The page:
Monday, January 28, 2013

I'd Hack That!

I'm a food hacker. I love to take a dish and find out how I can hack it into healthfulness.  With the myriad of diseases and food "sensitivities" (which sounds so delicate, but we all know what ugly terror these little sensitivities bring) that are plaguing us humans, we've all been forced to get a little creative with our dinners. The other night, I successfully (read: didn't burn it, totally ate it) hacked a Shepherd's Pie - I substituted the ground beef for mushrooms and edamame and changed the mashed potatoes to mashed cauliflower and turnip. It was delicious! I honestly believe you don't have to "miss" anything when you change the way you eat. Any favourite recipe can be hacked. I've included some of my favourite recipes that I've collected from our Pinterest board that offer a different take on a classic dish.

Spinach Burgers 
(or Spurgers, maybe...? No? Come on...)

Let's be honest. I like me a good ol' fashioned burger. I'm pretty sure the folks down at Five Guys Burgers know me by toppings "No onion? Extra mushrooms? Welcome again, my friend."  But there is only so much I can take before the chronic meat sweats kick in. That's why I love these Spurgers. Yes, I will keep using that term until you use it too. 

Spaghetti Squash Boats with Meatballs 
(or "Cheatballs", using Quinoa or Veggie Ground Round)

Where I grew up, there was a stream that ran the length of the street where our home was located. Every spring, when it thawed, my family had the Annual Spaghetti Boat Run. My brother and I would take hollowed out spaghetti squash halves and create our own unique boat, complete with masts and flags, and stick-person crew. Then we would put them in the water and race them to the bottom of the hill.  Winner got bragging rights.  You, too, can get bragging rights by making this dish. 

Oven Baked Zucchini Fries 
(with Heirloom Tomato Ketchup!)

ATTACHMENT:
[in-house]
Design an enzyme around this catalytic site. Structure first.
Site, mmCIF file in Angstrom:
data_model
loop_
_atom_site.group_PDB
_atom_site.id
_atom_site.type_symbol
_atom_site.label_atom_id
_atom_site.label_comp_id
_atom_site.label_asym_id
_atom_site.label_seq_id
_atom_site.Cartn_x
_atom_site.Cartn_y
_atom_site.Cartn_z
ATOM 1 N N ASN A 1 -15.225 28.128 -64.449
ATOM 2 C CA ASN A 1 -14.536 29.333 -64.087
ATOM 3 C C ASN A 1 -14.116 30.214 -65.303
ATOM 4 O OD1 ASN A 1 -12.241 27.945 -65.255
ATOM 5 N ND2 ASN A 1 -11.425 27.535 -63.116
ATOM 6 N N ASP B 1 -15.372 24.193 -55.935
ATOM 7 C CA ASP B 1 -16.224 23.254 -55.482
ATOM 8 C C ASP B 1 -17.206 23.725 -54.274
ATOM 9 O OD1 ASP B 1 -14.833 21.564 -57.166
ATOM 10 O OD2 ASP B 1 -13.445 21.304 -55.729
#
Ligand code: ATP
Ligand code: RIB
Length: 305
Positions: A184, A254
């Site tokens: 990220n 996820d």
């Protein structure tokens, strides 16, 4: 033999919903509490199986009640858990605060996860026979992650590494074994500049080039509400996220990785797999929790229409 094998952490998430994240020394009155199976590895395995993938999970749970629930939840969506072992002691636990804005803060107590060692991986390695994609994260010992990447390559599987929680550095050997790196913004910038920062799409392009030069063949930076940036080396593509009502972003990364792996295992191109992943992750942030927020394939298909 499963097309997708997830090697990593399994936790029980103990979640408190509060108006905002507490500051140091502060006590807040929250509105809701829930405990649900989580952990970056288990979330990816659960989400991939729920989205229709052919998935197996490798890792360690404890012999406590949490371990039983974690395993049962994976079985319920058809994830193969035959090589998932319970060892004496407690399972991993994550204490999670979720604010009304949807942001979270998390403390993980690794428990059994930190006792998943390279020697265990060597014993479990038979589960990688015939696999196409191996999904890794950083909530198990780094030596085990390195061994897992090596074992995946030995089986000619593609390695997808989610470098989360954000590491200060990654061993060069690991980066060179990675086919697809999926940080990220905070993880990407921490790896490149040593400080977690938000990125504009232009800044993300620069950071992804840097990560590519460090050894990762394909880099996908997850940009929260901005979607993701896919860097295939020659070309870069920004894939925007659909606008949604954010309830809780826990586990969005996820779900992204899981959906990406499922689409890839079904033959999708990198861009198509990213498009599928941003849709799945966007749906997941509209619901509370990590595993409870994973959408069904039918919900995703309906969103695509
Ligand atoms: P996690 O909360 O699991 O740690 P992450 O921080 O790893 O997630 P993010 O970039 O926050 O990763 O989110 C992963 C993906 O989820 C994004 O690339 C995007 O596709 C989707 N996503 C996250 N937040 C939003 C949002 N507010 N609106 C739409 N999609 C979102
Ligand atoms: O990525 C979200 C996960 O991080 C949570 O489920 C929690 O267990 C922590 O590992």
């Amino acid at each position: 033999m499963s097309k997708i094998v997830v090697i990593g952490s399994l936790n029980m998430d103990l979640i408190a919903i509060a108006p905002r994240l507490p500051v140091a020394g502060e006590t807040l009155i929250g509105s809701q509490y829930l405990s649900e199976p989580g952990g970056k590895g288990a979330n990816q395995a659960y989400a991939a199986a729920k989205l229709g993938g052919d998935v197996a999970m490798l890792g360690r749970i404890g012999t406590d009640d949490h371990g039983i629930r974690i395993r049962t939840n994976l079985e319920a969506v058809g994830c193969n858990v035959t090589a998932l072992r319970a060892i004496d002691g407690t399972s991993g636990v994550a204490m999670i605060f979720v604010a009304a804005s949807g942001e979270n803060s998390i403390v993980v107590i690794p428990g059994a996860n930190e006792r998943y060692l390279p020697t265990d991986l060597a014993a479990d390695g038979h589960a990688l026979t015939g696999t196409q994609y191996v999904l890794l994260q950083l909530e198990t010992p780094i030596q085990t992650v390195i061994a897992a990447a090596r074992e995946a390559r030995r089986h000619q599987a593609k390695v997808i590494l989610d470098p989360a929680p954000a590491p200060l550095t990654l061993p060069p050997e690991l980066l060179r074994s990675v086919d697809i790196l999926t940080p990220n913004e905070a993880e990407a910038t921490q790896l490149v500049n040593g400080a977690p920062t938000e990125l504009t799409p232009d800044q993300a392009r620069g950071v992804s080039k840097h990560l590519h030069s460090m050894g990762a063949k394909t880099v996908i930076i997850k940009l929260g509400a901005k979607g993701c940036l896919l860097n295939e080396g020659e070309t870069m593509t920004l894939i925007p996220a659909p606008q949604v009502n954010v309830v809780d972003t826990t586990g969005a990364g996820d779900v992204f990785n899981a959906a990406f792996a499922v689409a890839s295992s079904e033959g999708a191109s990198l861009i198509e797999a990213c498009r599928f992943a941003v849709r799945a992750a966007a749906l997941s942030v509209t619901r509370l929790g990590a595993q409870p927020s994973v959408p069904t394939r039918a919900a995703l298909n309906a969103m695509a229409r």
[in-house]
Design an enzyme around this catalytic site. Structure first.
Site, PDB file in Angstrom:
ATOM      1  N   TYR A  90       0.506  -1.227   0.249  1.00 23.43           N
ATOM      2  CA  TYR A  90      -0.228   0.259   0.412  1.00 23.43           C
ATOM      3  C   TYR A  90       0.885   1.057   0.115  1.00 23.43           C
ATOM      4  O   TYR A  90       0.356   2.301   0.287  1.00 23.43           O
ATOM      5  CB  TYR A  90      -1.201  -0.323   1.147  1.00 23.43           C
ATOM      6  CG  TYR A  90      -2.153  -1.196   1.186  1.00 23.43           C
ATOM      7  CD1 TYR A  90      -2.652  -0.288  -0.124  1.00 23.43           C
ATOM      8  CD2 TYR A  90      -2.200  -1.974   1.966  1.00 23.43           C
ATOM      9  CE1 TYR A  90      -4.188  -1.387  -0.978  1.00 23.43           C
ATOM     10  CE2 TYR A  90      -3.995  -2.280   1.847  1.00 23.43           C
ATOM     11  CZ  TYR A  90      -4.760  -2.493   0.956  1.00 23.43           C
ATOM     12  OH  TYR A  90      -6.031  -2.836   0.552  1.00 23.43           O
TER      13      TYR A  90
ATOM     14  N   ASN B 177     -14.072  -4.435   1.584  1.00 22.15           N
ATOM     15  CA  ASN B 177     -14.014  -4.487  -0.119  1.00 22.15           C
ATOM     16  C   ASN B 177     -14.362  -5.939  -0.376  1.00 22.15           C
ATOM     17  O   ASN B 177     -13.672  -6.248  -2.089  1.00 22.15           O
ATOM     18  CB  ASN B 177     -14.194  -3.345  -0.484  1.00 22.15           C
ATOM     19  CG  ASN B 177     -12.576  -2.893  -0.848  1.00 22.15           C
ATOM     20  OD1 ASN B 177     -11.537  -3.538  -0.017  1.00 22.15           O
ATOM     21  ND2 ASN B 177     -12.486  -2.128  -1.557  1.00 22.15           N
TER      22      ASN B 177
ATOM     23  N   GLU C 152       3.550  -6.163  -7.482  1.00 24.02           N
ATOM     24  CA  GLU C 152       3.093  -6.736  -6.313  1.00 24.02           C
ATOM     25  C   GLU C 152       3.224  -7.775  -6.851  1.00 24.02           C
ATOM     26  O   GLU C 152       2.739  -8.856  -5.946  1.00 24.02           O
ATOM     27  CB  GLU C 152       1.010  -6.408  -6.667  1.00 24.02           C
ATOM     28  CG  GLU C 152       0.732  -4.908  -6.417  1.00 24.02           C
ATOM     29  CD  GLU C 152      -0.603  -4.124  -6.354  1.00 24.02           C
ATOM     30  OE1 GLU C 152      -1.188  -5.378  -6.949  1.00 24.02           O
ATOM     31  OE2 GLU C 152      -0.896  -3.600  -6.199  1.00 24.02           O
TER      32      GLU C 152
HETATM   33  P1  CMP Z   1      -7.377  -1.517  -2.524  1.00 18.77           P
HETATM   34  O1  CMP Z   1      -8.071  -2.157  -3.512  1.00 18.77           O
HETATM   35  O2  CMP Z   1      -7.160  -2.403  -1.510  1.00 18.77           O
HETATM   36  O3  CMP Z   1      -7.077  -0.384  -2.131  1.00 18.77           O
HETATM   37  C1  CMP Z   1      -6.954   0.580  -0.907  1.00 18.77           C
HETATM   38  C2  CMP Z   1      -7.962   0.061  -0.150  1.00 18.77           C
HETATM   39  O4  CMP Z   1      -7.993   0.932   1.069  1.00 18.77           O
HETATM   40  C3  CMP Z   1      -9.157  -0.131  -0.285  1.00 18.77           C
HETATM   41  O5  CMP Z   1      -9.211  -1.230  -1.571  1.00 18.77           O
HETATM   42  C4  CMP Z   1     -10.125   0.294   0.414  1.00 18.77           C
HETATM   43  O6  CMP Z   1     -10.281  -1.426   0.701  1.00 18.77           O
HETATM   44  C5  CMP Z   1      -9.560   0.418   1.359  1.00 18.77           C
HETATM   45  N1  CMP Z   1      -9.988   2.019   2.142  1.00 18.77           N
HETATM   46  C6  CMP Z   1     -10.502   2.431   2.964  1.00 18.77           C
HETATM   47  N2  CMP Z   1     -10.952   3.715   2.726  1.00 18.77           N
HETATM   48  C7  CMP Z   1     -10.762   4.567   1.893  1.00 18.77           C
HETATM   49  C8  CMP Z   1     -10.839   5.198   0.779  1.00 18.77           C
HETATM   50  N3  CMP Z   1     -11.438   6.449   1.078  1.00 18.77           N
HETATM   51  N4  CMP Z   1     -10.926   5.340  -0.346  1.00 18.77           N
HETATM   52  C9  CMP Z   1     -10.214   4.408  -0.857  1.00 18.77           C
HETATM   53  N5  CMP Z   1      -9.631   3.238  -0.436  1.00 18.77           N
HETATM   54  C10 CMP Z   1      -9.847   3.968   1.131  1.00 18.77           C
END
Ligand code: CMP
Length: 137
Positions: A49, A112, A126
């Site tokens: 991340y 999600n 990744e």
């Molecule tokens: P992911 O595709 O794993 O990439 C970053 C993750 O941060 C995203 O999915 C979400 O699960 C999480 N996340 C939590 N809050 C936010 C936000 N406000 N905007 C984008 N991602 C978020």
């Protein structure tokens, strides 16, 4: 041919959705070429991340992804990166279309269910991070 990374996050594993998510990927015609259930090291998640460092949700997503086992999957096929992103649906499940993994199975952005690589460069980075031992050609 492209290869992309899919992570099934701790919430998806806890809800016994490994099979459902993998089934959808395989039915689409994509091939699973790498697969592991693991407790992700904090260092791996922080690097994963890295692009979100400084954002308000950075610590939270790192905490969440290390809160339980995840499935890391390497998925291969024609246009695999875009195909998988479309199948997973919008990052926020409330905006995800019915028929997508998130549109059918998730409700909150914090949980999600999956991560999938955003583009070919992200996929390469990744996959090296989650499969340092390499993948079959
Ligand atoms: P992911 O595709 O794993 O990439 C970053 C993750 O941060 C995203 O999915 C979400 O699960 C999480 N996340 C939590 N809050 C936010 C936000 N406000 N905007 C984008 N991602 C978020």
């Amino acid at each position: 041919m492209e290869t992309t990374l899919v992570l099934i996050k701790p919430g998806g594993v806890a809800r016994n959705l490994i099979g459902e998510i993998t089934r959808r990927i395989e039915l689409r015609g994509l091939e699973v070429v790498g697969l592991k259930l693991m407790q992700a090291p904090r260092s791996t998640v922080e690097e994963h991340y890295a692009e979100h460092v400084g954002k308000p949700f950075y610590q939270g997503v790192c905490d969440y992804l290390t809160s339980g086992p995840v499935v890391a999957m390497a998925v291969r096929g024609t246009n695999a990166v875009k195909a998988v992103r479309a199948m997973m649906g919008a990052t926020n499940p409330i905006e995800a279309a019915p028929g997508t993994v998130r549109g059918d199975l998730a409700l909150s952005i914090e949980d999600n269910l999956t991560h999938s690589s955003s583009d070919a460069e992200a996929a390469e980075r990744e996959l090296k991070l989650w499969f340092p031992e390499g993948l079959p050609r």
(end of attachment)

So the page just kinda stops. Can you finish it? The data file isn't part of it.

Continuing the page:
These are AMAZING. They taste kinda buttery, too, and if you add Parmesan cheese, then they taste buttery AND cheesy. You can't lose. If I wanted to be SUPER healthy, I would serve these with my Spurgers. 

Cauliflower & Turnip Mashed Fauxtatoes 
(It sure BEETS the original. That's one for all you veggie lovers out there. I'm here all night.)

I make this all the time. Sometimes, if I'm feeling fancy, I'll add a beet so that they turn this awesome pinky colour which is really attention-getting, especially for a dinner party where you want your friends to be impressed and jealous of your mad kitchen skills. 

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Sunday, January 27, 2013

The Cottage Gardener is now certified as a Bee Friendly Farm!

The Cottage Gardener is now certified as a Bee Friendly Farm!

Why did we decide to take this step? We've always grown organically and encouraged bees and other pollinators to visit our gardens. But we've noticed over the last few years that we are seeing fewer and fewer bees - both honeybees and bumblebees - visiting our crops and gardens. Upon doing a bit of investigation, we've discovered that all pollinators (and there are over 1000 species of pollinators in Canada!) are under serious threat. They're losing their natural habitats and their food sources due to increasing urbanization, industrial farming, monoculture and the increasing reliance on pesticides and herbicides. Bees are responsible for pollinating a large percentage of our food crops, so a loss for the bees is also a dangerous loss for us.

The Bee Friendly Farming initiative is designed to draw attention to the plight of our pollinators and encourage people to provide supportive habitats for bees and other pollinators. It's not difficult - there are many simple steps you can take to make your own garden more bee-friendly. I found it interesting that, for example, single-bloom flowers are better than double-bloomed ones and that bees' favourite flower colours are white, yellow and blue. Heirloom and native plants are particularly appropriate for pollinator plantings because of their flowers' simplicity, fragrance and - believe it or not - their pollen. Yes, modern breeders are starting to produce pollen-less flowers! Don't go there. Also be sure to have plants that flower in all three major seasons so that the bees have a constant source of food. Leaving parts of your land undisturbed encourages native bees as the vast majority are ground nesters.

Want to find out more? Visit Pollination Canada's site at  for some great resource information.